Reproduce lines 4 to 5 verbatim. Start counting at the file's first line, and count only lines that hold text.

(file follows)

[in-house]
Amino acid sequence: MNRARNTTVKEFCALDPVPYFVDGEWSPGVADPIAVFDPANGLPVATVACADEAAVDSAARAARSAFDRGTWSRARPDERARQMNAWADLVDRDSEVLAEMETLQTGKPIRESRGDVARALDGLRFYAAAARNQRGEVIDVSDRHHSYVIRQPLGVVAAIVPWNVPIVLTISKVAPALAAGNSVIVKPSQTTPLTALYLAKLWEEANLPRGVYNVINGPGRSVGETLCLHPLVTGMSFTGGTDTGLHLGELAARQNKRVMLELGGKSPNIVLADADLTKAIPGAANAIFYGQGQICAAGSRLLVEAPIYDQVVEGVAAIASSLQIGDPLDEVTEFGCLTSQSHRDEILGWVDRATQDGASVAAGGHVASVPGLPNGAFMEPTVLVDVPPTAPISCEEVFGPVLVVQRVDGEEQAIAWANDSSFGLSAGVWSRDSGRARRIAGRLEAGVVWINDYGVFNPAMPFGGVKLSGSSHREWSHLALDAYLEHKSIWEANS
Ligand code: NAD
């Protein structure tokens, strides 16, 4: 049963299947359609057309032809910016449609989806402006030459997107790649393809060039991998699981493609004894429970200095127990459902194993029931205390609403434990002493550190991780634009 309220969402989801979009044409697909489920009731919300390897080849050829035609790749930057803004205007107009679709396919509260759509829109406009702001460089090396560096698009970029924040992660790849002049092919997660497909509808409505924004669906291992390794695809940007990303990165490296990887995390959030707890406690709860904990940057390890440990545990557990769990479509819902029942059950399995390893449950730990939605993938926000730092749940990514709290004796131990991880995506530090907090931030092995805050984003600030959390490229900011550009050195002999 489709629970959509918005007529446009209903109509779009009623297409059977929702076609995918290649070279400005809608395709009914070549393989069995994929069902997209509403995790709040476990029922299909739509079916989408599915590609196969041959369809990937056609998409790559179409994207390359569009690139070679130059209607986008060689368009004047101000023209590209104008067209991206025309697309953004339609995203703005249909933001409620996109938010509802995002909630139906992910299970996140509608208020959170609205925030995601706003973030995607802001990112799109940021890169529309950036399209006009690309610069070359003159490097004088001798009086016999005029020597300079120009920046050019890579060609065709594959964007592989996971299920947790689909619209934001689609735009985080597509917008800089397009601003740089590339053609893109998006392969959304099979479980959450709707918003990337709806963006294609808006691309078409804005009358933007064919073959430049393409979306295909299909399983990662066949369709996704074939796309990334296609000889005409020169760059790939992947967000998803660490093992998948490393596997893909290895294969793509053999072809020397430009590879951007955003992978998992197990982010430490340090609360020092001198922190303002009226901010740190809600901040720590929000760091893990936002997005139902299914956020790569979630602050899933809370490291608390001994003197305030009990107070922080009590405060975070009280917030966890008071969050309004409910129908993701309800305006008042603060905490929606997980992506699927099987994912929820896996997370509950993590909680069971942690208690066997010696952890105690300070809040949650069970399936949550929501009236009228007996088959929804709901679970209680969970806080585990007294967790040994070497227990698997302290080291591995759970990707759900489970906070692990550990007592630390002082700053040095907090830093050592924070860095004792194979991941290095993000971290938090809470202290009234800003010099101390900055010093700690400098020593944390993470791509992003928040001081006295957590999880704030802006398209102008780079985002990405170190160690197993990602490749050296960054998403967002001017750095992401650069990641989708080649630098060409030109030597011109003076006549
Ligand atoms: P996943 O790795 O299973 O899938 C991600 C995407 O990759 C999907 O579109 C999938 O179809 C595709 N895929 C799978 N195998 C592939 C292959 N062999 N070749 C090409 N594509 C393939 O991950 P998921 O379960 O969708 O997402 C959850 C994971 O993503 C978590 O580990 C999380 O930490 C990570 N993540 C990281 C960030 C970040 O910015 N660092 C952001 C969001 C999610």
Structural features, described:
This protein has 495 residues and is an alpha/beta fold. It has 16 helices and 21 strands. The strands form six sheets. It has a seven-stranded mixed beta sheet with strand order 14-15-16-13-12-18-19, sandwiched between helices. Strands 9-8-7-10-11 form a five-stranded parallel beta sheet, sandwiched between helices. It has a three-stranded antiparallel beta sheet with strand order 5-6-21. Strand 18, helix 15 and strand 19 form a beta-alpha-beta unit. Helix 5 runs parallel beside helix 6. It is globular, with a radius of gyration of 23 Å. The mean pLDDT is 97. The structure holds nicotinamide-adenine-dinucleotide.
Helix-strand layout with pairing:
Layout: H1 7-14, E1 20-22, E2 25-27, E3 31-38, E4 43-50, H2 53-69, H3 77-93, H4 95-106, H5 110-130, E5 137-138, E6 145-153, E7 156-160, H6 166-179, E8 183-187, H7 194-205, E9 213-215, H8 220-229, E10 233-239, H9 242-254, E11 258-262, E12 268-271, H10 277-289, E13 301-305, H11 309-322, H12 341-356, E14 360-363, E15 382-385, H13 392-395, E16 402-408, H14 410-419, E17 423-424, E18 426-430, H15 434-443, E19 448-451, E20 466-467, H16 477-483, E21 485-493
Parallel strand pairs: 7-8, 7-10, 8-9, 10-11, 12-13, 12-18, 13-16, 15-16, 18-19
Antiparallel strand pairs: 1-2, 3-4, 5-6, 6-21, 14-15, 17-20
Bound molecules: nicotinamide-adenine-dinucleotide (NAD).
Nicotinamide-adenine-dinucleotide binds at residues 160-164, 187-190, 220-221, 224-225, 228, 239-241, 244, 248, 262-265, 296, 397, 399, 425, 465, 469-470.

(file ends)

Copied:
């Protein structure tokens, strides 16, 4: 049963299947359609057309032809910016449609989806402006030459997107790649393809060039991998699981493609004894429970200095127990459902194993029931205390609403434990002493550190991780634009 309220969402989801979009044409697909489920009731919300390897080849050829035609790749930057803004205007107009679709396919509260759509829109406009702001460089090396560096698009970029924040992660790849002049092919997660497909509808409505924004669906291992390794695809940007990303990165490296990887995390959030707890406690709860904990940057390890440990545990557990769990479509819902029942059950399995390893449950730990939605993938926000730092749940990514709290004796131990991880995506530090907090931030092995805050984003600030959390490229900011550009050195002999 489709629970959509918005007529446009209903109509779009009623297409059977929702076609995918290649070279400005809608395709009914070549393989069995994929069902997209509403995790709040476990029922299909739509079916989408599915590609196969041959369809990937056609998409790559179409994207390359569009690139070679130059209607986008060689368009004047101000023209590209104008067209991206025309697309953004339609995203703005249909933001409620996109938010509802995002909630139906992910299970996140509608208020959170609205925030995601706003973030995607802001990112799109940021890169529309950036399209006009690309610069070359003159490097004088001798009086016999005029020597300079120009920046050019890579060609065709594959964007592989996971299920947790689909619209934001689609735009985080597509917008800089397009601003740089590339053609893109998006392969959304099979479980959450709707918003990337709806963006294609808006691309078409804005009358933007064919073959430049393409979306295909299909399983990662066949369709996704074939796309990334296609000889005409020169760059790939992947967000998803660490093992998948490393596997893909290895294969793509053999072809020397430009590879951007955003992978998992197990982010430490340090609360020092001198922190303002009226901010740190809600901040720590929000760091893990936002997005139902299914956020790569979630602050899933809370490291608390001994003197305030009990107070922080009590405060975070009280917030966890008071969050309004409910129908993701309800305006008042603060905490929606997980992506699927099987994912929820896996997370509950993590909680069971942690208690066997010696952890105690300070809040949650069970399936949550929501009236009228007996088959929804709901679970209680969970806080585990007294967790040994070497227990698997302290080291591995759970990707759900489970906070692990550990007592630390002082700053040095907090830093050592924070860095004792194979991941290095993000971290938090809470202290009234800003010099101390900055010093700690400098020593944390993470791509992003928040001081006295957590999880704030802006398209102008780079985002990405170190160690197993990602490749050296960054998403967002001017750095992401650069990641989708080649630098060409030109030597011109003076006549
Ligand atoms: P996943 O790795 O299973 O899938 C991600 C995407 O990759 C999907 O579109 C999938 O179809 C595709 N895929 C799978 N195998 C592939 C292959 N062999 N070749 C090409 N594509 C393939 O991950 P998921 O379960 O969708 O997402 C959850 C994971 O993503 C978590 O580990 C999380 O930490 C990570 N993540 C990281 C960030 C970040 O910015 N660092 C952001 C969001 C999610």